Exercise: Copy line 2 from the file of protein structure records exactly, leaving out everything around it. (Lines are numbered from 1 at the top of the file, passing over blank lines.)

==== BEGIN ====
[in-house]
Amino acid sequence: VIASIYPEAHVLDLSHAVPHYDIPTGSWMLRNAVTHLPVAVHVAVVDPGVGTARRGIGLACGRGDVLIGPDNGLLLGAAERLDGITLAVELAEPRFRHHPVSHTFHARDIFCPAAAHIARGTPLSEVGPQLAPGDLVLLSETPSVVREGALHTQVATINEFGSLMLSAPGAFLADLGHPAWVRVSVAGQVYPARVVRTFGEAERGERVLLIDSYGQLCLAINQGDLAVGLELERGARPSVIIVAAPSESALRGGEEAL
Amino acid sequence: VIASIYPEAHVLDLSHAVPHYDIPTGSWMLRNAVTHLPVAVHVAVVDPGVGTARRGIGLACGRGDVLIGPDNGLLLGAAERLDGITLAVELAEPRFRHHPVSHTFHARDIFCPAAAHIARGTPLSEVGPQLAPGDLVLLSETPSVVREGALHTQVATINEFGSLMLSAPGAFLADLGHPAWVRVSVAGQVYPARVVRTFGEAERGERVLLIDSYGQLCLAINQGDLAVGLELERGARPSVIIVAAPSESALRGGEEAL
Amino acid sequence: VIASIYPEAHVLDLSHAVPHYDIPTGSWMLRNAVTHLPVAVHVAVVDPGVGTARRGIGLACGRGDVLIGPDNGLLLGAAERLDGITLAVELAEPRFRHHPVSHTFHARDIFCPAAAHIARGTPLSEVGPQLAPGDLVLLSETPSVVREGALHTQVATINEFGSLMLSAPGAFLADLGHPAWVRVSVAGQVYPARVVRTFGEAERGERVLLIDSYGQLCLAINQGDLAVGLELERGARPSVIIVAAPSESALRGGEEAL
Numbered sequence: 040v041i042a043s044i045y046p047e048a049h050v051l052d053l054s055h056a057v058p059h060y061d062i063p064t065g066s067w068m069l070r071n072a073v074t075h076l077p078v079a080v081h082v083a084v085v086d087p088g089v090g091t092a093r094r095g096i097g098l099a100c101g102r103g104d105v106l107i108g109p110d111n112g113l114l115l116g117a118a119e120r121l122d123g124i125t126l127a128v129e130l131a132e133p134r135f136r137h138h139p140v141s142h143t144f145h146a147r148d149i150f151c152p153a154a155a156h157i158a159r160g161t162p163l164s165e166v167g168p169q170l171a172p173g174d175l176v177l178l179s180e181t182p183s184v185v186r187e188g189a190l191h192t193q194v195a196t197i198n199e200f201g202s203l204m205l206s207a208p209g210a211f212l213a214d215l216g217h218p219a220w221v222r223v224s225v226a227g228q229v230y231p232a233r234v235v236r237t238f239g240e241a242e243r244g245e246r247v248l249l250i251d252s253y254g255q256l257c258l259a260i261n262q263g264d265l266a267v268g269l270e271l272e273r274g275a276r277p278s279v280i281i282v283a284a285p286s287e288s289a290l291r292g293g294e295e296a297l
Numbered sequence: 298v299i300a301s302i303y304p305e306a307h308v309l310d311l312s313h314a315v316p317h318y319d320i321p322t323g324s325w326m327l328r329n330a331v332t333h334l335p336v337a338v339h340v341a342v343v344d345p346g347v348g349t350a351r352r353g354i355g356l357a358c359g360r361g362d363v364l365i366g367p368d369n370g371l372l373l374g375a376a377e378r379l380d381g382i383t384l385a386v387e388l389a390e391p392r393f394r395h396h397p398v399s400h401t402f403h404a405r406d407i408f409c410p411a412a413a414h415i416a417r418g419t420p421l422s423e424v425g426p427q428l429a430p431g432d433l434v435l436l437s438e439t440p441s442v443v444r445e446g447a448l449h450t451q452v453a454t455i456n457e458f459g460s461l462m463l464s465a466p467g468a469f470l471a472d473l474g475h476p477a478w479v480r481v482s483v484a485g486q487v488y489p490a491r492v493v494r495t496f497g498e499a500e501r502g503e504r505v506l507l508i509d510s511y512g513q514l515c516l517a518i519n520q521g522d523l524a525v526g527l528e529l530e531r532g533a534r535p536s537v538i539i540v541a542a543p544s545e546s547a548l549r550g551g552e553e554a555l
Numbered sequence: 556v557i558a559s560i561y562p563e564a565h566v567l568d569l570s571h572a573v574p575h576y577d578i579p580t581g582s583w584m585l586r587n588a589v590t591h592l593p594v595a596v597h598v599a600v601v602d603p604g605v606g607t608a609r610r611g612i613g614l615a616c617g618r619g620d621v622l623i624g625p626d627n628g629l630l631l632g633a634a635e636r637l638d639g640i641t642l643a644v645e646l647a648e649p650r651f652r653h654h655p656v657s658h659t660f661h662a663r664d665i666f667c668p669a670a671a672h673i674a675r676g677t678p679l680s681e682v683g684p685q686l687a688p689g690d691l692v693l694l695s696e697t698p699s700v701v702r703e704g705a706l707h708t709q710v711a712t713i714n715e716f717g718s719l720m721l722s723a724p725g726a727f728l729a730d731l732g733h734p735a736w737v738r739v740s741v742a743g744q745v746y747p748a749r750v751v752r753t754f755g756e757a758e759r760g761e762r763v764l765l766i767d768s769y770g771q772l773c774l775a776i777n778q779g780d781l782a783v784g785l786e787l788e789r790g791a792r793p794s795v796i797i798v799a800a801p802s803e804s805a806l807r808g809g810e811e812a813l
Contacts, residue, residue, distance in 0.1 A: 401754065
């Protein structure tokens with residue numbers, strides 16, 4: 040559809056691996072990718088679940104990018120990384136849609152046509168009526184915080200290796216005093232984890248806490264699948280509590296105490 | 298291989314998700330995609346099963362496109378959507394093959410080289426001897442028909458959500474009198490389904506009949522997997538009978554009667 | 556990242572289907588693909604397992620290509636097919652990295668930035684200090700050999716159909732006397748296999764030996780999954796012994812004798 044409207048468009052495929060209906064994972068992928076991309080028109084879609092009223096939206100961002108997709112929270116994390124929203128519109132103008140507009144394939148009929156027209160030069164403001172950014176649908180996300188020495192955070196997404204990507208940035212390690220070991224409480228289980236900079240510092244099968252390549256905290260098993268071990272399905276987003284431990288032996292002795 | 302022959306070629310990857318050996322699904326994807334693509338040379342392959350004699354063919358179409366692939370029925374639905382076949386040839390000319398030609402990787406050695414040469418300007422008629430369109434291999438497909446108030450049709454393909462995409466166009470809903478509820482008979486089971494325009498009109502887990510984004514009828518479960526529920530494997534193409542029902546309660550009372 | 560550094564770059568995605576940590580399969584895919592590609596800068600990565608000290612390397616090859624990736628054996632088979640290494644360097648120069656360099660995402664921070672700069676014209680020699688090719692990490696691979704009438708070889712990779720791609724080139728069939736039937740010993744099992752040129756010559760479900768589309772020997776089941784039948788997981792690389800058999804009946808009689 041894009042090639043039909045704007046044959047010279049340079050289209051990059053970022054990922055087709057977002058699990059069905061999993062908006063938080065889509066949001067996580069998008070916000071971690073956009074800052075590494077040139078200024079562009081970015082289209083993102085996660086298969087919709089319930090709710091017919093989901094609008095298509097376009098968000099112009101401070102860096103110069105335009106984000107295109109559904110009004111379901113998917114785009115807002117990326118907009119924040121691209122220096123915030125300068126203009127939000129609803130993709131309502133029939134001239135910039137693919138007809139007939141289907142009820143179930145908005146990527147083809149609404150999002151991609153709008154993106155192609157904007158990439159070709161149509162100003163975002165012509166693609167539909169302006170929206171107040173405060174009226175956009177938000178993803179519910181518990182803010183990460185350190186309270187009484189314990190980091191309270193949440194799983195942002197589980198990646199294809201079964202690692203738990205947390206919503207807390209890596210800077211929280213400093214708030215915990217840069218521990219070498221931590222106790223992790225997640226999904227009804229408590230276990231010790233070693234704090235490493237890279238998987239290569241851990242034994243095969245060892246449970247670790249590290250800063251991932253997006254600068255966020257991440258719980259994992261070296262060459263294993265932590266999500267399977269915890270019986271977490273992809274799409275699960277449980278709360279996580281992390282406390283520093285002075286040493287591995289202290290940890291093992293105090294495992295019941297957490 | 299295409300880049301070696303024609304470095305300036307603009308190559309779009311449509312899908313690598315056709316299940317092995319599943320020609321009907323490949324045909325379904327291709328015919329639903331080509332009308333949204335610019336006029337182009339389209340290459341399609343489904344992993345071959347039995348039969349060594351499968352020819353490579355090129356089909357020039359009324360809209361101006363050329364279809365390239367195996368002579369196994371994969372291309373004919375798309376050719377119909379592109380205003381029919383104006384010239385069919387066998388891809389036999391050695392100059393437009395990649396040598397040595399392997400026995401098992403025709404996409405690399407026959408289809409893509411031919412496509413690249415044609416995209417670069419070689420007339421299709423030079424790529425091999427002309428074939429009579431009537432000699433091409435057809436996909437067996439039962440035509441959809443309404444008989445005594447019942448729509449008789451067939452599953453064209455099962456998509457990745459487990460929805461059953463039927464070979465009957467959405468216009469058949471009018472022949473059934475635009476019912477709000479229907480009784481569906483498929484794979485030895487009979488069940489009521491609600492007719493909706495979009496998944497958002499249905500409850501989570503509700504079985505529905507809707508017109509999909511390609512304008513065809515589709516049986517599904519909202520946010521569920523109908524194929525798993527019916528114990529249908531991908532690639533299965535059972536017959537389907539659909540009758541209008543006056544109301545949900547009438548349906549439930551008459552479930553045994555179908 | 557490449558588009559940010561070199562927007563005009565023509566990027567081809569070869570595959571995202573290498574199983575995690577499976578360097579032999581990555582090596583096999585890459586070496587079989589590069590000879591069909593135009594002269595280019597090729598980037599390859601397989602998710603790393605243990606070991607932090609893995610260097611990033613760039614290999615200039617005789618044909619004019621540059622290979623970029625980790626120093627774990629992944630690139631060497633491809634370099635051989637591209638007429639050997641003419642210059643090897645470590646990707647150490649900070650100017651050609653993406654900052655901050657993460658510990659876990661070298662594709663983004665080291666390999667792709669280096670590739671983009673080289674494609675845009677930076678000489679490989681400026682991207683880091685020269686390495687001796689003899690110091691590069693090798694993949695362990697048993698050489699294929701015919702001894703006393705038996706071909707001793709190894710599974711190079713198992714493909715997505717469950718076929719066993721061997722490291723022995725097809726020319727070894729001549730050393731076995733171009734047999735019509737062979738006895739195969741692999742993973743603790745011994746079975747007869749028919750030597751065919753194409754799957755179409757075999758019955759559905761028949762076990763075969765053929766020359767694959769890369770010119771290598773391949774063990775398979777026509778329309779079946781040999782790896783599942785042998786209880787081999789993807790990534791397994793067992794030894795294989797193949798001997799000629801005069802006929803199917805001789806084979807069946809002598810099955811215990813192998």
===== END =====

Amino acid sequence: VIASIYPEAHVLDLSHAVPHYDIPTGSWMLRNAVTHLPVAVHVAVVDPGVGTARRGIGLACGRGDVLIGPDNGLLLGAAERLDGITLAVELAEPRFRHHPVSHTFHARDIFCPAAAHIARGTPLSEVGPQLAPGDLVLLSETPSVVREGALHTQVATINEFGSLMLSAPGAFLADLGHPAWVRVSVAGQVYPARVVRTFGEAERGERVLLIDSYGQLCLAINQGDLAVGLELERGARPSVIIVAAPSESALRGGEEAL